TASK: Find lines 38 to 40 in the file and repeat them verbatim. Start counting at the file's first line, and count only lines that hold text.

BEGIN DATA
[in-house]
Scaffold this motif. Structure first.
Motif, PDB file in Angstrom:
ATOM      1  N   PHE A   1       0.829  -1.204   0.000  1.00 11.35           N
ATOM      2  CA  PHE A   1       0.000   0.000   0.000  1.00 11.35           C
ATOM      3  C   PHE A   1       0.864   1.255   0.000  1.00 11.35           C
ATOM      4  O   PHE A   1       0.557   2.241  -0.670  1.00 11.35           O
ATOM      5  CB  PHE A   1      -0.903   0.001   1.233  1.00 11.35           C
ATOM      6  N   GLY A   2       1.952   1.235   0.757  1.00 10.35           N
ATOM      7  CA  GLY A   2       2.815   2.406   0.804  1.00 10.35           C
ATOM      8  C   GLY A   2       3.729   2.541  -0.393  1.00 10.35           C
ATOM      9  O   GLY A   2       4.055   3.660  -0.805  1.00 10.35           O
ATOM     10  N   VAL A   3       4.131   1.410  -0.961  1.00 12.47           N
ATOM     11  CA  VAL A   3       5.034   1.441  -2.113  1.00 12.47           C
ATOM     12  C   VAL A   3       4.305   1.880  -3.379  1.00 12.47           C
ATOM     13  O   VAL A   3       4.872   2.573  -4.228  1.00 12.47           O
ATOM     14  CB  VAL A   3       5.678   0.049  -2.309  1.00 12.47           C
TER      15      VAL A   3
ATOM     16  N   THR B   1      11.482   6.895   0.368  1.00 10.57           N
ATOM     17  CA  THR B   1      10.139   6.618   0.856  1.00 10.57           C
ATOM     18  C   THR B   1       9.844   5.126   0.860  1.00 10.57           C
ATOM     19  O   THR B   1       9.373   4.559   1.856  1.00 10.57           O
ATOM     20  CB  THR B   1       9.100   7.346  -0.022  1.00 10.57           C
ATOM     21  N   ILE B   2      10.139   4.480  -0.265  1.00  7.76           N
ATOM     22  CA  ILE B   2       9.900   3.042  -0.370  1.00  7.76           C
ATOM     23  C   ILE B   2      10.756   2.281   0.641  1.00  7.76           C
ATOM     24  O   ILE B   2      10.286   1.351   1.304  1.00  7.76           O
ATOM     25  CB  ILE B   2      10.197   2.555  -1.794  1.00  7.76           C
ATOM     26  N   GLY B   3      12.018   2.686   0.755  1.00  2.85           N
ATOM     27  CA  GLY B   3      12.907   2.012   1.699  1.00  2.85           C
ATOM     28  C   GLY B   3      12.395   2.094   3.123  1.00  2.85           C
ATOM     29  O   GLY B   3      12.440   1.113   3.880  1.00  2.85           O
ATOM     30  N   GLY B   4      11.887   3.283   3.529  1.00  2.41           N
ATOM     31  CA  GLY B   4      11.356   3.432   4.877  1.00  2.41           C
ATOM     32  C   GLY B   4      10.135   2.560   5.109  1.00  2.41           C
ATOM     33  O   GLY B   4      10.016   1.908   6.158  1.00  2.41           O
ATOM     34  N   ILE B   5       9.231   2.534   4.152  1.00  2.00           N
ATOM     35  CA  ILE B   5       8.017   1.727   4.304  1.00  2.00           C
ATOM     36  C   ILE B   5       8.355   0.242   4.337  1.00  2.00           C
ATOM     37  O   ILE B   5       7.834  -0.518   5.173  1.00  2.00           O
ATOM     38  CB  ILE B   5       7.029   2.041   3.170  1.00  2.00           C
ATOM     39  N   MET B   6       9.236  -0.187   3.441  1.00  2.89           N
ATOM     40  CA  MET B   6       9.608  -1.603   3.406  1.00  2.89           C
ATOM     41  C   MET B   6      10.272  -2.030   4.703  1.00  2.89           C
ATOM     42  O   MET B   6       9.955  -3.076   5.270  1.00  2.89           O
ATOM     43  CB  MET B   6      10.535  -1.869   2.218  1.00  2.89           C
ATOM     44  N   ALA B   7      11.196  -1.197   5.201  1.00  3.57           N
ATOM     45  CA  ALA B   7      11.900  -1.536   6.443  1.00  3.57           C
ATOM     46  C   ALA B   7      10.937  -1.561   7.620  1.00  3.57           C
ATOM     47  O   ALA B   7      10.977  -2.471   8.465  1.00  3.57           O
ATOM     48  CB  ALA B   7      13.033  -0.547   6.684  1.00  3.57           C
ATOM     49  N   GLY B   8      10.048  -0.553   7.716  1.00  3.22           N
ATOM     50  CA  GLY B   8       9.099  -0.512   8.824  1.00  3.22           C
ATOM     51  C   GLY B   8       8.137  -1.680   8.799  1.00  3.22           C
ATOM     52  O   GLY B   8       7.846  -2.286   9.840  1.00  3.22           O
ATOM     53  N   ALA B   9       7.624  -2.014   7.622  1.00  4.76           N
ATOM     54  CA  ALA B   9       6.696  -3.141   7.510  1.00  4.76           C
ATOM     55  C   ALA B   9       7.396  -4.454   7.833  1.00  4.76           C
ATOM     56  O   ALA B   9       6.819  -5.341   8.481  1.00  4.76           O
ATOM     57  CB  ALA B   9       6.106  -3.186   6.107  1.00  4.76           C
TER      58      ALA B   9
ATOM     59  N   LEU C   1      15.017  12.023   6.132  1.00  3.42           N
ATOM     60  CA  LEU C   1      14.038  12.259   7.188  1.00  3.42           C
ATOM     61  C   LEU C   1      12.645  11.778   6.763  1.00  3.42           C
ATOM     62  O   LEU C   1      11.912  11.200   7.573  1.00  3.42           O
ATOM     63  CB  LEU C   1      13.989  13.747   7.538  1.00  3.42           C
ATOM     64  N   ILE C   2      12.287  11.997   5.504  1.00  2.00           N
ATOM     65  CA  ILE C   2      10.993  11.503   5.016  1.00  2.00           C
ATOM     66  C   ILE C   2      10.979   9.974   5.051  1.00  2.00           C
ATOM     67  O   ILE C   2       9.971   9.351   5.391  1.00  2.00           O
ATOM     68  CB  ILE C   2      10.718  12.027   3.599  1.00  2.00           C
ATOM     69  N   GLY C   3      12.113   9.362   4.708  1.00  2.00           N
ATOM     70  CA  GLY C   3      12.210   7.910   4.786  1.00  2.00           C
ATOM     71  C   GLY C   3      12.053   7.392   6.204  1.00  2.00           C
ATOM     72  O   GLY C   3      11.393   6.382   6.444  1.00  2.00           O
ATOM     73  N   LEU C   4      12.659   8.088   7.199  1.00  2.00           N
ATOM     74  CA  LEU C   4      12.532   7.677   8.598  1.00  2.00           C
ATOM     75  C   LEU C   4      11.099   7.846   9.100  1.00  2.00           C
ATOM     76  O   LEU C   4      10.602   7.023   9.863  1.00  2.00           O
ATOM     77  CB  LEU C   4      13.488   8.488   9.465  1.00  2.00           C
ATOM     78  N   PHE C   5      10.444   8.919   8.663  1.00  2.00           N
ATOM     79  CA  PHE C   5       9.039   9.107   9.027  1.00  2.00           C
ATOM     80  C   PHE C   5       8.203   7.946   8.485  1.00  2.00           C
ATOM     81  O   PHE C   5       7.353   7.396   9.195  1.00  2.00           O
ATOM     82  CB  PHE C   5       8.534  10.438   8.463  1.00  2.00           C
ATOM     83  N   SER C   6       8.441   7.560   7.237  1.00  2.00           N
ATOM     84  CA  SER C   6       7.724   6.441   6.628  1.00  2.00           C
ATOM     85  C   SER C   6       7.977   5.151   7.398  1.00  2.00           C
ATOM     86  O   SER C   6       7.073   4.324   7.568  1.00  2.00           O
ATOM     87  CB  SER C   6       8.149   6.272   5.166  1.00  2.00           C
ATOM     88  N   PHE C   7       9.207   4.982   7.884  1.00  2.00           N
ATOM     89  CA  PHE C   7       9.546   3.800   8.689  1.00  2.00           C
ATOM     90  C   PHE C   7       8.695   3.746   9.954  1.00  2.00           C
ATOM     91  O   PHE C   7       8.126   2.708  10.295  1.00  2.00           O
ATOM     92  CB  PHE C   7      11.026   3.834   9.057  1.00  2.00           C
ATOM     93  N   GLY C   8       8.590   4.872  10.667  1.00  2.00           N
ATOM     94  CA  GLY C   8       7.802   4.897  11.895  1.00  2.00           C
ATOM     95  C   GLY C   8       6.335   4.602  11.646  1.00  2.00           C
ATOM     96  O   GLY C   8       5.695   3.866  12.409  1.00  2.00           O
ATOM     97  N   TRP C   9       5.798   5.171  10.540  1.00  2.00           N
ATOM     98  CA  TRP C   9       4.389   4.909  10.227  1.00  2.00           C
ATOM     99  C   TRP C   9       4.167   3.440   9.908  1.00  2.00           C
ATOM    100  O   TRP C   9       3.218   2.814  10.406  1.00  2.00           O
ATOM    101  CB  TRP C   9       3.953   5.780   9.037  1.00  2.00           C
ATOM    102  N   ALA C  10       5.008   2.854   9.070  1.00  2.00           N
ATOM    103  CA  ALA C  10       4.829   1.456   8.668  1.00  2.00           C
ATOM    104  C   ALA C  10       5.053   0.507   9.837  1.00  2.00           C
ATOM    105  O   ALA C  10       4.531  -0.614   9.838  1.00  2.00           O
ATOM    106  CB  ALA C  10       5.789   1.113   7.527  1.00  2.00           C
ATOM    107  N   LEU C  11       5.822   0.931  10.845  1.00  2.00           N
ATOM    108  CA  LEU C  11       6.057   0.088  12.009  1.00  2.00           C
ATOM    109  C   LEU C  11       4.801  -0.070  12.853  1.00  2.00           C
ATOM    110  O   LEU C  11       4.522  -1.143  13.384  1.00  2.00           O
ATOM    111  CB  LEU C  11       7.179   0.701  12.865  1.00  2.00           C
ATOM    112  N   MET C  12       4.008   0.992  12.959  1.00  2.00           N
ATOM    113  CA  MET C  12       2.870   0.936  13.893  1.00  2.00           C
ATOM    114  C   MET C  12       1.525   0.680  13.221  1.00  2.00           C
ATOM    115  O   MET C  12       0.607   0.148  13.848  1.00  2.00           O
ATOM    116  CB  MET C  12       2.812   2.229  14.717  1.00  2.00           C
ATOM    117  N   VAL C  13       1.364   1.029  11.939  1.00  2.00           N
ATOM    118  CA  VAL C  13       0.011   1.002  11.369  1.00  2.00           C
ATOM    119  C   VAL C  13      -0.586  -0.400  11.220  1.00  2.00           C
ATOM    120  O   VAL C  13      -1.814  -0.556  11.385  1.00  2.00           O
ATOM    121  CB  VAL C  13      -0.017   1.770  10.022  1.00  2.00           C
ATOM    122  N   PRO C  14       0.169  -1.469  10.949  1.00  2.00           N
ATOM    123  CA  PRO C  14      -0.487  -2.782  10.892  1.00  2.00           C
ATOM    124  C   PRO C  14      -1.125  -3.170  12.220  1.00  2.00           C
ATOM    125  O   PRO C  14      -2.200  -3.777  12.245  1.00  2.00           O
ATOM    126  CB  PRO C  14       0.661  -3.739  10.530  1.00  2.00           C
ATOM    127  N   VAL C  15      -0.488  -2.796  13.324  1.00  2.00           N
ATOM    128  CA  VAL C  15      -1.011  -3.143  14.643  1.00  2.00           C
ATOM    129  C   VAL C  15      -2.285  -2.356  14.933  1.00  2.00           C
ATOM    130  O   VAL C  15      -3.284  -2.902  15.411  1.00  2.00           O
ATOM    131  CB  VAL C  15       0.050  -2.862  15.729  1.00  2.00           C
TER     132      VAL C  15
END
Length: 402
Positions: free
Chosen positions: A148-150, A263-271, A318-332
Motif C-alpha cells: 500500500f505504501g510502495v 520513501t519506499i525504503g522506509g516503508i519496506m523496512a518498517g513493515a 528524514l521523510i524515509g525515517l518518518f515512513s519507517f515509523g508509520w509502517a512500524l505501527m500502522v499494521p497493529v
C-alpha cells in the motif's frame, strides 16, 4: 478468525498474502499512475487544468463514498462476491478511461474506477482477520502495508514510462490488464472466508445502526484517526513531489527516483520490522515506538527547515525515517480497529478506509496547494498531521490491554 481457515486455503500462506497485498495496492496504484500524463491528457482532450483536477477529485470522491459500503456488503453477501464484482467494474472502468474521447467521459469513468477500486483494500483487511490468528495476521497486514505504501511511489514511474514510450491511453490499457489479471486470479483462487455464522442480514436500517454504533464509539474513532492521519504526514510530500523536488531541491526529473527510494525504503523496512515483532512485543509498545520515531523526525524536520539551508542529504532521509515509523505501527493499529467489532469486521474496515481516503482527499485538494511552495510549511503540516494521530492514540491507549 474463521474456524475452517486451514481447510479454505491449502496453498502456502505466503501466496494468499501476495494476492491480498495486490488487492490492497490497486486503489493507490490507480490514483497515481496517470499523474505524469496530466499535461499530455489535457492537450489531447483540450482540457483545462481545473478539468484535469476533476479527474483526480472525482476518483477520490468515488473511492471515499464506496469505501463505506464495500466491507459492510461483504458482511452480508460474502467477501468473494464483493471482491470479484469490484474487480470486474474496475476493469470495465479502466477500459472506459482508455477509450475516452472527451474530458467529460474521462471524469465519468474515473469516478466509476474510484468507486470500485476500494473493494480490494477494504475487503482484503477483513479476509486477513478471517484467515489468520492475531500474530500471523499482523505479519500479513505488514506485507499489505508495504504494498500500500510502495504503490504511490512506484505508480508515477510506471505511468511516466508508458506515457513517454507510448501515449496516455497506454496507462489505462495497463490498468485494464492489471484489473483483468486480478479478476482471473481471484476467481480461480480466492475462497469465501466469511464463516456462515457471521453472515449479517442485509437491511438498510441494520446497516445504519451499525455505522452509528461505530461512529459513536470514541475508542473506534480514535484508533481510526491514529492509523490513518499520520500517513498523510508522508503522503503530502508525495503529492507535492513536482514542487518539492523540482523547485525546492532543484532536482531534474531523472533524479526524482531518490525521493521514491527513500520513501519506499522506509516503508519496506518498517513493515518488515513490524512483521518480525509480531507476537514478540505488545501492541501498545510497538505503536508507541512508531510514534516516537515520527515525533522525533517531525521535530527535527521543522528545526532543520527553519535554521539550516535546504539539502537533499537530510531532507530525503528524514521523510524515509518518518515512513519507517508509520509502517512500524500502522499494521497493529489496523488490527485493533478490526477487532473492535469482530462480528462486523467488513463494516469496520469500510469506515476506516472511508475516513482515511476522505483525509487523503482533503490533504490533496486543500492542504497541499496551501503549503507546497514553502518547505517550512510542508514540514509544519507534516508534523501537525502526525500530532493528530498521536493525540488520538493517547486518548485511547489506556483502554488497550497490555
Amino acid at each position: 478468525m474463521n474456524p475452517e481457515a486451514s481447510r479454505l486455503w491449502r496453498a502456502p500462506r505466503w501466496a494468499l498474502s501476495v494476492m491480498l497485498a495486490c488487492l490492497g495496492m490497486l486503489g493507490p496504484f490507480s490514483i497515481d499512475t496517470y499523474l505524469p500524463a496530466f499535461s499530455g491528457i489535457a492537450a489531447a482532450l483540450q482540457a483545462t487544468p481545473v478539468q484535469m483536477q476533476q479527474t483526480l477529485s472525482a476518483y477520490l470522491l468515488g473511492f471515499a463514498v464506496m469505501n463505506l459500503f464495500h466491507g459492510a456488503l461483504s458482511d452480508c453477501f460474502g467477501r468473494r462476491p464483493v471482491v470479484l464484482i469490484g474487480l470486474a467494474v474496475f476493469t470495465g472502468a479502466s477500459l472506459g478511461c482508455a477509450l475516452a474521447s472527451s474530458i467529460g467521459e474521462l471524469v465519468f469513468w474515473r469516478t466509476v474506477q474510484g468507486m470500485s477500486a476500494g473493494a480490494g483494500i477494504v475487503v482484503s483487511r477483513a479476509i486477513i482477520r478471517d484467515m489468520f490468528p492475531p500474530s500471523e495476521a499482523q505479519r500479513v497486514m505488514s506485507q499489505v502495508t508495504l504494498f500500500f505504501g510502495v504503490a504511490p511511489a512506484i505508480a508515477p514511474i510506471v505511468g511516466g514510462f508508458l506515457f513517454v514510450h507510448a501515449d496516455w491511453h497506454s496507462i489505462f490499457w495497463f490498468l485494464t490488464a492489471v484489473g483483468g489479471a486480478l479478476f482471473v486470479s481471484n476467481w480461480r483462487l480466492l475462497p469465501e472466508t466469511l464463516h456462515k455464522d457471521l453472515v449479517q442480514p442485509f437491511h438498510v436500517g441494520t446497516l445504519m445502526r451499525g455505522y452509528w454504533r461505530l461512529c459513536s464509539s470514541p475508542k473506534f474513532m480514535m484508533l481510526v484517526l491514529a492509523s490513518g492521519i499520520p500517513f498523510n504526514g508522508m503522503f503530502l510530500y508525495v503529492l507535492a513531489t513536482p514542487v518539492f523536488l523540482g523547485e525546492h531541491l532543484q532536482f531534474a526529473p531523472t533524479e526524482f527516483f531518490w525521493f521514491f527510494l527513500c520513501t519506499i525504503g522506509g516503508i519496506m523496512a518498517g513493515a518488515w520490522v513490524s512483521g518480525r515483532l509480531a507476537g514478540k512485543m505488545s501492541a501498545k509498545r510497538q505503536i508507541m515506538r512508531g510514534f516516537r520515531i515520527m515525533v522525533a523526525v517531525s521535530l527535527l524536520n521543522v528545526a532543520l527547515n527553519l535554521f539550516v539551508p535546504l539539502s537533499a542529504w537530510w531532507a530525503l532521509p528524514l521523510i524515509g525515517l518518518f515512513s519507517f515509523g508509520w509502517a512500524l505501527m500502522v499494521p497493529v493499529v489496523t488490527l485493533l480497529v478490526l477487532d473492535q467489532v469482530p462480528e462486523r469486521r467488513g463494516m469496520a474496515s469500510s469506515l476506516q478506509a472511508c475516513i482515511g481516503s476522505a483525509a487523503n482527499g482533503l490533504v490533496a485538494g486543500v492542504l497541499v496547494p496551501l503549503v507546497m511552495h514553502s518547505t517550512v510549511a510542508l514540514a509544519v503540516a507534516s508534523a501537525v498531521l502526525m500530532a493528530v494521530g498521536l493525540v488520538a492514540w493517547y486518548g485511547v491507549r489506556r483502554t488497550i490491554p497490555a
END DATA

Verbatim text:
ATOM     35  CA  ILE B   5       8.017   1.727   4.304  1.00  2.00           C
ATOM     36  C   ILE B   5       8.355   0.242   4.337  1.00  2.00           C
ATOM     37  O   ILE B   5       7.834  -0.518   5.173  1.00  2.00           O